What will Merkel's new foreign minister mean for Israel?
John MACDOUGALL (AFP/File)
Germany is set to get a new foreign minister, and he has a checkered history with Israel.
The current minister Sigmar Gabriel’s relations with the Israeli government have been strained and occasionally explosive, but Martin Schulz’s term will also unlikely to be scandal-free.
The veteran politician stepped aside as leader of the SPD party after thrashing out a hard-fought deal with Chancellor Angela Merkel’s Christian Democrats and said he wants the foreign affairs portfolio in the next government.
In Germany, Jewish community members view Schulz as a wild card.
They still remember how, as president of the European Parliament, he applauded Palestinian Authority President Mahmoud Abbas’s speech before the body in 2016, despite the fact that Abbas rehashed an anti-Semitic myth when claiming that Israeli rabbis had called on the government to poison Palestinian water sources.
In Israel, he is remembered for his 2014 speech in front of the Knesset, during which he alleged that Palestinians receive only 17 liters of water a day while Israeli citizens are proved with 70 liters. His remakes caused outrage among conservative lawmakers, who walked out of the plenum.
The unofficial explanation was that he simply did not check his facts, rather than trying to cause a provocation.
Schulz perhaps doesn’t share Gabriel’s blunt political style and flare for the dramatics, but his past inattention to details and Israel’s sensibilities might get him in hot water during his tenure.
During last year's election campaign he attempted to soothe the worries of Israel supporters, saying in a debate with Merkel that he acknowledges the “deeply rooted anti-Semitism” of Palestinian migrants to Germany. “To them we must clearly say: 'in this country you only have a place when you accept that Germany is a country that defends Israel.'”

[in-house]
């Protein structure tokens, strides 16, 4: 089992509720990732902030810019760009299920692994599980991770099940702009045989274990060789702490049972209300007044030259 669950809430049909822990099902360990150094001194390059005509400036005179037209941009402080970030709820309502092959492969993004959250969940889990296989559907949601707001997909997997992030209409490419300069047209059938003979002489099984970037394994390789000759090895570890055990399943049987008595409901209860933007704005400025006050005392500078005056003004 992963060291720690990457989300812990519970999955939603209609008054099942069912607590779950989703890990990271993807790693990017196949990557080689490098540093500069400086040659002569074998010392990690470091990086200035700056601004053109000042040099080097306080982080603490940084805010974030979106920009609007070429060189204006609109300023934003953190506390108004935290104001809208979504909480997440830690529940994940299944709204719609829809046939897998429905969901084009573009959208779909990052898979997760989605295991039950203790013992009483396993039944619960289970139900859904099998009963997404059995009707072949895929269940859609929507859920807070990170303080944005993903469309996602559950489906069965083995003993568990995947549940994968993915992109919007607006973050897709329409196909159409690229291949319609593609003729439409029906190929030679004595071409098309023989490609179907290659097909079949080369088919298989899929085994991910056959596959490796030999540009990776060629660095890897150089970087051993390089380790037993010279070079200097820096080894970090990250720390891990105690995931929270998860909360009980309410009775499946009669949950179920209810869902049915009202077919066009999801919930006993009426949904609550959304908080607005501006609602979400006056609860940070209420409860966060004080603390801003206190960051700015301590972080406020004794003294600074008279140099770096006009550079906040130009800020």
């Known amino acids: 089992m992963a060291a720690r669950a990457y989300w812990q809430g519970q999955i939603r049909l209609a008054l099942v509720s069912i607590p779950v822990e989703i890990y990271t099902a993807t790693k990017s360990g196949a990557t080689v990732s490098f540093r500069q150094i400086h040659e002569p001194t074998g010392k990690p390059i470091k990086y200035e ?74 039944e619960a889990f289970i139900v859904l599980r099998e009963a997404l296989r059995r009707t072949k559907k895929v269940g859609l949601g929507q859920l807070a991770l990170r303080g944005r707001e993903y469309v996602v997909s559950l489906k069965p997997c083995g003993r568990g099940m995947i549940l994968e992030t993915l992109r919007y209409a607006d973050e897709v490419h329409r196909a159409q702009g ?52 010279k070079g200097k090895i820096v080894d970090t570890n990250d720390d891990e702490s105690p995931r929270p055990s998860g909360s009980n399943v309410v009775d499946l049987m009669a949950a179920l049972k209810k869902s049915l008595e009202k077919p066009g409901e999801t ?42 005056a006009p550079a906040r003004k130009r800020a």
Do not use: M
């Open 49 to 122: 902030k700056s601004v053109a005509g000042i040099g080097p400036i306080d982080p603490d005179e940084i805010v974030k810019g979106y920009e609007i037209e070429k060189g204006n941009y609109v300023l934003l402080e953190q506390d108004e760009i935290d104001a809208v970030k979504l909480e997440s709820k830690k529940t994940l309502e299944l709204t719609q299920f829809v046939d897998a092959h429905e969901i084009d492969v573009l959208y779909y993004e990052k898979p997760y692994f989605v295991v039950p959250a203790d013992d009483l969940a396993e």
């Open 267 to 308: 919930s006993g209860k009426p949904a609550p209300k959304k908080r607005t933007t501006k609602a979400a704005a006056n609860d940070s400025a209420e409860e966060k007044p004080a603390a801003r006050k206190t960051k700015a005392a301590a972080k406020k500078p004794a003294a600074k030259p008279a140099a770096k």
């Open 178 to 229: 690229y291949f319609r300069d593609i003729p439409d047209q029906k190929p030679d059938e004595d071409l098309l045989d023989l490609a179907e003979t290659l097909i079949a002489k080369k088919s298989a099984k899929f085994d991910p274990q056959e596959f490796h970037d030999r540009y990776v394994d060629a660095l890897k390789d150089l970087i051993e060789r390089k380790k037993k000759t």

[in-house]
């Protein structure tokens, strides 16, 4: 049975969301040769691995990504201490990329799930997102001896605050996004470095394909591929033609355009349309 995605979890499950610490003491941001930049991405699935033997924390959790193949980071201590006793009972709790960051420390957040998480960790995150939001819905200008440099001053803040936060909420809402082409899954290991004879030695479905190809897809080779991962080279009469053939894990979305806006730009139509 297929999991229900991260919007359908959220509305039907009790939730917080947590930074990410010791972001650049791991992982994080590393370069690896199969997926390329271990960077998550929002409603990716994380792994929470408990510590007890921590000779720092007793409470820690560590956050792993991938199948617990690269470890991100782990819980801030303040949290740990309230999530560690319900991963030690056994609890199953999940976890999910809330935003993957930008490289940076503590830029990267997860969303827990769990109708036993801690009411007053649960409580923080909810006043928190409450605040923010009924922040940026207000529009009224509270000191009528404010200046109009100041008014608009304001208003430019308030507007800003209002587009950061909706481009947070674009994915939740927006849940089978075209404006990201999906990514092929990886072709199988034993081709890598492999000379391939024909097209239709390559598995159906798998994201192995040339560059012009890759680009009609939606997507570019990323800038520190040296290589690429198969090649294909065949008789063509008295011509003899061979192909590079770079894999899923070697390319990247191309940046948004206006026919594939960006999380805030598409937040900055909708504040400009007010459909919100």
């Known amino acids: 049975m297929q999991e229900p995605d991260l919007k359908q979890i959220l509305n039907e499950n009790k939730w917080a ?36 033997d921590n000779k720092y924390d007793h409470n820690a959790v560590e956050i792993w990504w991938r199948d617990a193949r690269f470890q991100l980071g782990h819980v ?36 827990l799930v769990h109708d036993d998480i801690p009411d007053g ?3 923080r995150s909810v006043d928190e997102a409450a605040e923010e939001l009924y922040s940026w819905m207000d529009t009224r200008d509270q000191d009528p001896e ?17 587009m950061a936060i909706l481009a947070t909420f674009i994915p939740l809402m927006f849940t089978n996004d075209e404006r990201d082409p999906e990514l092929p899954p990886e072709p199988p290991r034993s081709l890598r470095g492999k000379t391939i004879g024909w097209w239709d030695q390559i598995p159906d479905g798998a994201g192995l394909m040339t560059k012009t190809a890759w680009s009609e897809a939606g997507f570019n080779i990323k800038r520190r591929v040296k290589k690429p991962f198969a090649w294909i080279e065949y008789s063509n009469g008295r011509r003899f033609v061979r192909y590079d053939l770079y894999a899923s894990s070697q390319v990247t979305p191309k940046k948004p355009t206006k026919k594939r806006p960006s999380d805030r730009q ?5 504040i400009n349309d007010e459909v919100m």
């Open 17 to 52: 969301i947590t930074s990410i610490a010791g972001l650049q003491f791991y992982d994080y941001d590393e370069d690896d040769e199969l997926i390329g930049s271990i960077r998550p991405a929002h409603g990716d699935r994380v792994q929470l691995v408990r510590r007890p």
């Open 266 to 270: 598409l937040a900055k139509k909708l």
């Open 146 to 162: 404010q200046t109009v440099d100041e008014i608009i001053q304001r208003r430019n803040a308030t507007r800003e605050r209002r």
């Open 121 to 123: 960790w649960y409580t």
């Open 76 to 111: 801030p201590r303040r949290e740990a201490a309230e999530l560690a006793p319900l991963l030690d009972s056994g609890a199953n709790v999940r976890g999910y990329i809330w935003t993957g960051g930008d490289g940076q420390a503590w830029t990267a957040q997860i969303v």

Germany’s policy line under Schulz is also not expected to change. It will likely sync with the views outlined in the coalition agreement he signed as party leader -- which also continue the harsh tone coming from Berlin whenever Israel approves new construction in West Bank settlements.
"Israel's current settlement policies contradicts applicable international law and does not have our support," reads a passage of the coalition agreement, the first such document to explicitly condemn Israeli settlements.
The deal came shortly after a visit by the incumbent top German diplomat to Israel, in which he seemed to heal a rift with Israeli prime minister Benjamin Netanyahu but warned that it was becoming hard to “justify” support for Israel to members of his own party.
Overcoming his demons
A high-school dropout who struggled with alcoholism, Schulz turned his life around and went on to open a book shop and become the youngest-ever mayor in the state of North Rhine-Westphalia.
He was elected to the European Parliament in 1994 and rose to become president of the EU's only elected body in 2012. Along the way, he taught himself five languages.
His struggles have shaped the man he is today, Schulz has said in the past.
"I believe I'm the only senior politician in Germany to openly admit my personal catastrophes," he once told Der Spiegel weekly.
Hours after clinching the pact with Merkel's conservatives on Wednesday, Schulz declared he was not the right person to lead the "process of renewal" his beleaguered party needed.
"I have tried to give the party strength and courage, but I can't do justice to the expectations," he said, tapping the SPD's parliamentary group leader Andrea Nahles as his replacement.
But the renewed tie-up with Merkel's conservatives is far from guaranteed, as Schulz has promised to give the SPD's 460,000 members the final say on whether to approve the coalition deal.
The referendum could be tight as many grassroots SPD voters are still fuming that Schulz backtracked on his pledge to go into opposition after leading the party to a historic low of 20.5 percent in September's election.
Polina Garaev is i24NEWS' Germany correspondent.
AFP contributed to this report.
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